United HealthCare Corporation

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United HealthCare Corporation

300 Opus Center
9900 Bren Road East
Minnetonka, Minnesota 55343
(612) 936-1300
Fax: (612) 939-7752

Public Company
Employees: 3,200
Sales: $1.44 billion
Stock Exchanges: New York
SICs: 6324 Hospital and Medical Service Plans; 8099 Health Allied Services

United HealthCare Corporation is a national leader in health care management programs, serving about two million health plan enrollees through about 20 locally based health maintenance organizations (HMOs) the company owns or manages. The company also serves about 20 million people in all 50 states through other managed-care specialty services, including preferred physician organizations (PPOs), pharmaceutical cost management services, managed mental health and substance abuse services, workers compensation/casualty services, employee assistance services, Medicare and managed care programs for the elderly, health care evaluation services, health care information systems, and administrative services.

United HealthCare Corporation informally traces its roots to the development of the HMO as a model for organized health care. The HMOs leading spokesperson, Dr. Paul Ellwood, helped develop several HMO companies in Minnesota and nearly single-handedly thrust managed health care onto the national stage during the early 1970s. In 1970 Ellwoodwho later became known as the Father of the HMOfounded the Minnesota-based health care think tank, Interstudy, and later succeeded in getting congressional approval for his HMO model. In 1971 Ellwood hired Richard Burke to help put the HMO model to practice. Three years later Burke founded United HealthCare as a Minnetonka, Minnesota-based for-profit company organized to manage the newly created Physicians Health Plan of Minnesota, which under Minnesotas HMO law at the time was required to be a non-profit company.

In January 1977 the company was incorporated as United HealthCare Corporation. Through acquisitions and expansion of its management services United grew steadily as an owner and manager of HMOs, and by 1984 the company was running 11 HMOs in ten states.

With plans to step up expansion and acquisition efforts, United HealthCare went public in 1984 and began trading as an over-the-counter stock. Soon thereafter the company launched an ambitious national expansion program, which included starting new HMOs and acquiring multi-state HMO companies.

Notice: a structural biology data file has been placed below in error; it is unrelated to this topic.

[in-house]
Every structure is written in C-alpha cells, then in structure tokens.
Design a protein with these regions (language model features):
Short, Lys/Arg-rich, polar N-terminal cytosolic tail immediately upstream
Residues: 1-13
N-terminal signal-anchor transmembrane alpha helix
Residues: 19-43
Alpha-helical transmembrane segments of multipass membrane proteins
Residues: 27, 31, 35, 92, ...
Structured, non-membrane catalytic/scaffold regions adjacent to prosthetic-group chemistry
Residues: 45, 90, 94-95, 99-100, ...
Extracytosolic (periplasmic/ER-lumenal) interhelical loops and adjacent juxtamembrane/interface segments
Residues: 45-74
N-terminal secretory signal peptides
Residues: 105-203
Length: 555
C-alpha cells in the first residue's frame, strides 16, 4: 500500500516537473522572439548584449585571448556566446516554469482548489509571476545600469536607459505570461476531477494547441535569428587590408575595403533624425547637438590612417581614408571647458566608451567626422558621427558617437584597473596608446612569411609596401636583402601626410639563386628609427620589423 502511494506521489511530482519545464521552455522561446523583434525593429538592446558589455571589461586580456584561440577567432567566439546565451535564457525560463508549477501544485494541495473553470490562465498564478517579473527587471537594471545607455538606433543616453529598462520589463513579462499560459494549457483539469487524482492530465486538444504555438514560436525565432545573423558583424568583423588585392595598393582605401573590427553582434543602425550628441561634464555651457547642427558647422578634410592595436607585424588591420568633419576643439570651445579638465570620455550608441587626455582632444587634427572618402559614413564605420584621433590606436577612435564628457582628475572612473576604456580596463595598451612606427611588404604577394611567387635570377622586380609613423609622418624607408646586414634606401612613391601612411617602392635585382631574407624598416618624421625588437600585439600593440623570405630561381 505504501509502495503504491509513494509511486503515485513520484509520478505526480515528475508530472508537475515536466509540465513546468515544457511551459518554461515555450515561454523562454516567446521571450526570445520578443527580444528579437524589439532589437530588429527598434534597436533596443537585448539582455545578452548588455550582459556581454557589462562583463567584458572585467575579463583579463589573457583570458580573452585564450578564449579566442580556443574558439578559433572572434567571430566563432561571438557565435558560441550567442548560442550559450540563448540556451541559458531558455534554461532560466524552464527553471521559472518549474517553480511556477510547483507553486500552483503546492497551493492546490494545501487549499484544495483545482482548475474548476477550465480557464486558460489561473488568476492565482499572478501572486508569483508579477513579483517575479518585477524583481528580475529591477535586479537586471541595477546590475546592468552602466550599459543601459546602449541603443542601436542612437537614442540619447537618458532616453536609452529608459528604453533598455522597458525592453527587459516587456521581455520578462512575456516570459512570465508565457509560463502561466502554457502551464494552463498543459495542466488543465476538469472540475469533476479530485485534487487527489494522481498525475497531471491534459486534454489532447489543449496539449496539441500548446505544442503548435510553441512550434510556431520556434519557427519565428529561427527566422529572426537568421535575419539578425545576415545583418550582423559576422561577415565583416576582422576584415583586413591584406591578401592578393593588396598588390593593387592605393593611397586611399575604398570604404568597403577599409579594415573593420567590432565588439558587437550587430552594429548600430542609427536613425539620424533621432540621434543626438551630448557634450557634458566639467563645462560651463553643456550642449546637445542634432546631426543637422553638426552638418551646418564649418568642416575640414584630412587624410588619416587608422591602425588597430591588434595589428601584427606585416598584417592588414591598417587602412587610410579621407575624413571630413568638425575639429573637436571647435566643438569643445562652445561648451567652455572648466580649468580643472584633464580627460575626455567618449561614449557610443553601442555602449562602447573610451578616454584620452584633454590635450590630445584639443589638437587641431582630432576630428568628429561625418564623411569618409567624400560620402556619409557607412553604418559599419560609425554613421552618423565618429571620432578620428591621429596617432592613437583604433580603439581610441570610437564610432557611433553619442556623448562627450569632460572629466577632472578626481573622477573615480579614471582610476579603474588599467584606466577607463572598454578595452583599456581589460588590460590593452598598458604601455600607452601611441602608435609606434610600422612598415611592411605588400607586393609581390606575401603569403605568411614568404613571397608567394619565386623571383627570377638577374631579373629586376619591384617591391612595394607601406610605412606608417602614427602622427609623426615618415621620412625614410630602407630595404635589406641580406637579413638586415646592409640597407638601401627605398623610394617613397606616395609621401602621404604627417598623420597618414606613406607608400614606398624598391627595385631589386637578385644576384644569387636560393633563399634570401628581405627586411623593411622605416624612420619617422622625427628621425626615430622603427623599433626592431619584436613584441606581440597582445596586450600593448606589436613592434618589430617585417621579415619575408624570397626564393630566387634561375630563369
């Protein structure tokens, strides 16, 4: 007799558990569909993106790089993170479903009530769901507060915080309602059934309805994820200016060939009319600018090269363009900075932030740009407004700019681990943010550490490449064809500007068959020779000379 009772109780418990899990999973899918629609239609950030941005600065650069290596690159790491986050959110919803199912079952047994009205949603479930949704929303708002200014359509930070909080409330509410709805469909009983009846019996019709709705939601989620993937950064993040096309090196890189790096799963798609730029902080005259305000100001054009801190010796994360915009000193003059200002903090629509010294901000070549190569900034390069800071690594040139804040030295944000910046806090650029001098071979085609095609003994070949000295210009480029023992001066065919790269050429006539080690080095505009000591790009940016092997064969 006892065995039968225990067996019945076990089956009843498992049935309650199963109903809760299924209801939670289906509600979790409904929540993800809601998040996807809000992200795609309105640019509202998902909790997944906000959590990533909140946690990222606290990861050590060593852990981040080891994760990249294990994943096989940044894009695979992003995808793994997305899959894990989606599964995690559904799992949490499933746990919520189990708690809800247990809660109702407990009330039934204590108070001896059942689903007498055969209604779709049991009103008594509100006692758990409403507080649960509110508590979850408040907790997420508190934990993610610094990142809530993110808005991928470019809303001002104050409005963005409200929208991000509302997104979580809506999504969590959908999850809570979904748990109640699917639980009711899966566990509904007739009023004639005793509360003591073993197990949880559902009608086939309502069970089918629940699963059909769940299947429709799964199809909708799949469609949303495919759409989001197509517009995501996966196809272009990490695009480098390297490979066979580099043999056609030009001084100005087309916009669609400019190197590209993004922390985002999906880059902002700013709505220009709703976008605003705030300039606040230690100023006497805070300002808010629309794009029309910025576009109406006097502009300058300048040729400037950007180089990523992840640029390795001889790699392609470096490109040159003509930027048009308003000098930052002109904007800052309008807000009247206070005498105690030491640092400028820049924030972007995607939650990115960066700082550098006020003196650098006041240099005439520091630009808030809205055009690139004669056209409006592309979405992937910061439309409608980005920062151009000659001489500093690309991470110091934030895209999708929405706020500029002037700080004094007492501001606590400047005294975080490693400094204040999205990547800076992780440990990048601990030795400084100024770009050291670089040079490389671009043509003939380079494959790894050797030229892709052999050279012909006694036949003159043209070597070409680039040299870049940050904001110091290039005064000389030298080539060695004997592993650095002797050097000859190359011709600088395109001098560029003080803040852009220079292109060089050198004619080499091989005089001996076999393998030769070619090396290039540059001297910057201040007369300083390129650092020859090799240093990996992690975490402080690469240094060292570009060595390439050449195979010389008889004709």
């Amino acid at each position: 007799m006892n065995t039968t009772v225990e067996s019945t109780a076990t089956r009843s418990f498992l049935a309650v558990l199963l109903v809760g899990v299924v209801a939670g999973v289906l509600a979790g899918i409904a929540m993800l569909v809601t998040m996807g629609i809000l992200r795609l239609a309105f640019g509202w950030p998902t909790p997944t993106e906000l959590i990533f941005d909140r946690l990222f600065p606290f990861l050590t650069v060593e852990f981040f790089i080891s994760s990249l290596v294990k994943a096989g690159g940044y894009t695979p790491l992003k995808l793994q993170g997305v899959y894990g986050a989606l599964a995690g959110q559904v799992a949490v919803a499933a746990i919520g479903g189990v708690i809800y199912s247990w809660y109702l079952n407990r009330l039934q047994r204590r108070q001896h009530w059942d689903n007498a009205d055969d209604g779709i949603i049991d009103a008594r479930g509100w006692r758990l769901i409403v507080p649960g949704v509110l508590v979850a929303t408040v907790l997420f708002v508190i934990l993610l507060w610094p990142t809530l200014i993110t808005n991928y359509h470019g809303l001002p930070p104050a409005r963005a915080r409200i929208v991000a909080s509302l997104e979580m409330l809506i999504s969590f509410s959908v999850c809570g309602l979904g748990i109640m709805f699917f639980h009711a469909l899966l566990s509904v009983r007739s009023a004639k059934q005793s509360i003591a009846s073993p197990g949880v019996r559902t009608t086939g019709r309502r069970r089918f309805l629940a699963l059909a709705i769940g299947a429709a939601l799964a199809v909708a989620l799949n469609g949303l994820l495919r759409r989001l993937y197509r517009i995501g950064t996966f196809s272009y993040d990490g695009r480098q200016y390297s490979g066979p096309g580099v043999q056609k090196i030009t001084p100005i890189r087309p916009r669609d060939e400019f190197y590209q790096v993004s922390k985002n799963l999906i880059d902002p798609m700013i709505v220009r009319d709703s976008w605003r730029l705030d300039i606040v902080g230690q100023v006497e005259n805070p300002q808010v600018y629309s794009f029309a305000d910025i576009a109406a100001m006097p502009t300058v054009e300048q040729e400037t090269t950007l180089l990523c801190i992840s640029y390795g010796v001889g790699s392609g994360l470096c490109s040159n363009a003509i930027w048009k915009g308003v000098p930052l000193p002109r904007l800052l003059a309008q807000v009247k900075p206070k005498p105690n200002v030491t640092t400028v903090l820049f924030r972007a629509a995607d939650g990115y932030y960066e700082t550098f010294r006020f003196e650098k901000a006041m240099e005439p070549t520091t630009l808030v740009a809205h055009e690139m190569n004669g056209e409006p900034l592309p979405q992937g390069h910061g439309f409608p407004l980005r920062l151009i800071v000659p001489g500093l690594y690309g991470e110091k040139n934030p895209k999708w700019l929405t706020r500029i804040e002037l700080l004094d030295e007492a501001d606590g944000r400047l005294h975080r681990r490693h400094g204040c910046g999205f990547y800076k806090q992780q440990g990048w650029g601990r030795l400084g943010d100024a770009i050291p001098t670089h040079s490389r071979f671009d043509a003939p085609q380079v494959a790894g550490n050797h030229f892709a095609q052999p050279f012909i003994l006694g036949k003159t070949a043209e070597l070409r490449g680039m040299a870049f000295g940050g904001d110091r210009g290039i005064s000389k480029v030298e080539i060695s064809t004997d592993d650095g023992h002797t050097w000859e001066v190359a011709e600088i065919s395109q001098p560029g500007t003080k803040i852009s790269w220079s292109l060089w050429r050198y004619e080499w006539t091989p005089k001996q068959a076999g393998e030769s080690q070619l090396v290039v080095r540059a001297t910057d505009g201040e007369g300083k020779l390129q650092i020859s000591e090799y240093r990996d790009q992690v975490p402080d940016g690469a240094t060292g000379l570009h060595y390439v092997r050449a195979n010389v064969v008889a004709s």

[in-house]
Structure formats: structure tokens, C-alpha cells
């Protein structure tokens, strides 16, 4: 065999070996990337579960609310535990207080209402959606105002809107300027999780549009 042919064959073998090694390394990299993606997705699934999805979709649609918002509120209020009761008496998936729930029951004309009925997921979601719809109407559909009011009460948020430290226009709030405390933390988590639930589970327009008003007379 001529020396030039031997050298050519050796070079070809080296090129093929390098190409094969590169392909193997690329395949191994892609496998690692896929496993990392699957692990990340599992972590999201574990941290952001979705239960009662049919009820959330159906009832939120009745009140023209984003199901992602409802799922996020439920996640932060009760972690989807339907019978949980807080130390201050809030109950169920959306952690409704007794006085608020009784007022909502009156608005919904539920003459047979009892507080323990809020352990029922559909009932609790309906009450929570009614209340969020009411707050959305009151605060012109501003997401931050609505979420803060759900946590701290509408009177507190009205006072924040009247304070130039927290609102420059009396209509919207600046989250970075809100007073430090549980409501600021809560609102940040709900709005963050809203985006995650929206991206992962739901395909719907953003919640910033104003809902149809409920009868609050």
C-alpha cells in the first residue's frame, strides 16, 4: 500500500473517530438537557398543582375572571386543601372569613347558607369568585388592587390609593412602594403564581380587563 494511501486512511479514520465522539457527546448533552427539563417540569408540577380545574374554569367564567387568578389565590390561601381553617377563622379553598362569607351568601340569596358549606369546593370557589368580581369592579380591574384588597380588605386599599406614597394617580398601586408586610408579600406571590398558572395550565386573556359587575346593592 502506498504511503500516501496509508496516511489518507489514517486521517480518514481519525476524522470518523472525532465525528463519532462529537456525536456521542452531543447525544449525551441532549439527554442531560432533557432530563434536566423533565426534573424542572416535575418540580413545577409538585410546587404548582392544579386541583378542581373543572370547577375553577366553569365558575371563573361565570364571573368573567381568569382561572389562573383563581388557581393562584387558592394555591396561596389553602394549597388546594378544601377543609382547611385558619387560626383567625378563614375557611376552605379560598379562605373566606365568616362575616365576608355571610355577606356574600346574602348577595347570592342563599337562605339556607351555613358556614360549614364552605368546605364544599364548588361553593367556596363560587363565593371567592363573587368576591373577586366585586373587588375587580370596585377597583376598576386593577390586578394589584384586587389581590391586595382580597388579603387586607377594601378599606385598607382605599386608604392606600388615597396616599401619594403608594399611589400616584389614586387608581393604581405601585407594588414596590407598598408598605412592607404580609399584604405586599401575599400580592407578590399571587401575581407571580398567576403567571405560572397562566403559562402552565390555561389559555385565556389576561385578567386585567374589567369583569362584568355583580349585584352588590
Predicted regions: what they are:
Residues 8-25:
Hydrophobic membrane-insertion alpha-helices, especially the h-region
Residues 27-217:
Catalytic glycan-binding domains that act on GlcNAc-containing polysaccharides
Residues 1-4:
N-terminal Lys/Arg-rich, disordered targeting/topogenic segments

In June 1985 United HealthCare made its first major acquisition since going public, acquiring Share Development Corporation, an Indiana-based multi-state HMO through a stock swap valued at nearly $60 million. Share Development increased United Healthcares health plan membership by 167,000 enrollees, and by the end of the year United HealthCare and its subsidiaries were active in 22 states, covering 822,400 members through company owned or managed health plans.

In November 1986 United HealthCare paid $83 million to acquire the Colorado-based Peak Health Care Inc., a four-state HMO network with 104,000 enrollees. By the end of the year United HealthCare owned or managed health care plans serving about 1.6 million people. The expansion efforts paid short-term dividends, and for the year the company earned $7.2 million on revenues of more than $216 million, which was more than double the companys 1985 revenues and more than six times United HealthCares 1984 revenues.

In April 1987 Kenneth Simmons, the former president of Peak Health Care, was named chief operating officer of United HealthCare, succeeding Robert Ditmore, who remained president. Seven months later Simmons was named to replace Richard Burke as chief executive in order to pacify Physician Health Plan (PHP) doctors who were balking at Burkes management style. Burke, who remained chairperson, also gave up his post as chief executive of PHP in November 1987 and lost his status as the companys largest shareholder that month when United HealthCarewith finances strained by rapid expansion turned to the New York investment group Warburg, Pincus Capital Company L.P. for an infusion of cash. With an annual loss looming as a result of unprofitable and marginally profitable HMO startups, Warburg agreed to purchase $9.8 million worth of newly issued preferred voting stock and acquire a 39.5 percent stake in the company.

Although United HealthCare doubled its revenues in 1987 to more than $440 million, its operating expenses had grown at a faster rate, and the company lost $15.8 million for the year while its stock value fell from a 1986 high of $15.88 to $4.25 by the end of 1987. Unsteady market conditions, excessive administrative costs and price competition battles with traditional insurance companies led United HealthCare to abandon several health plans, including HMO startups in six large cities and another well-established HMO operation in Phoenix.

In 1988 United HealthCare completed its restructuring program, selling several unpromising businesses in areas where it had entered highly competitive markets too late. In another restructuring move designed to shore up its relationship with PHP, United agreed to a new five-year contract in April 1988, which gave the PHP board of directors the power to appoint its own chief executive and other key officers.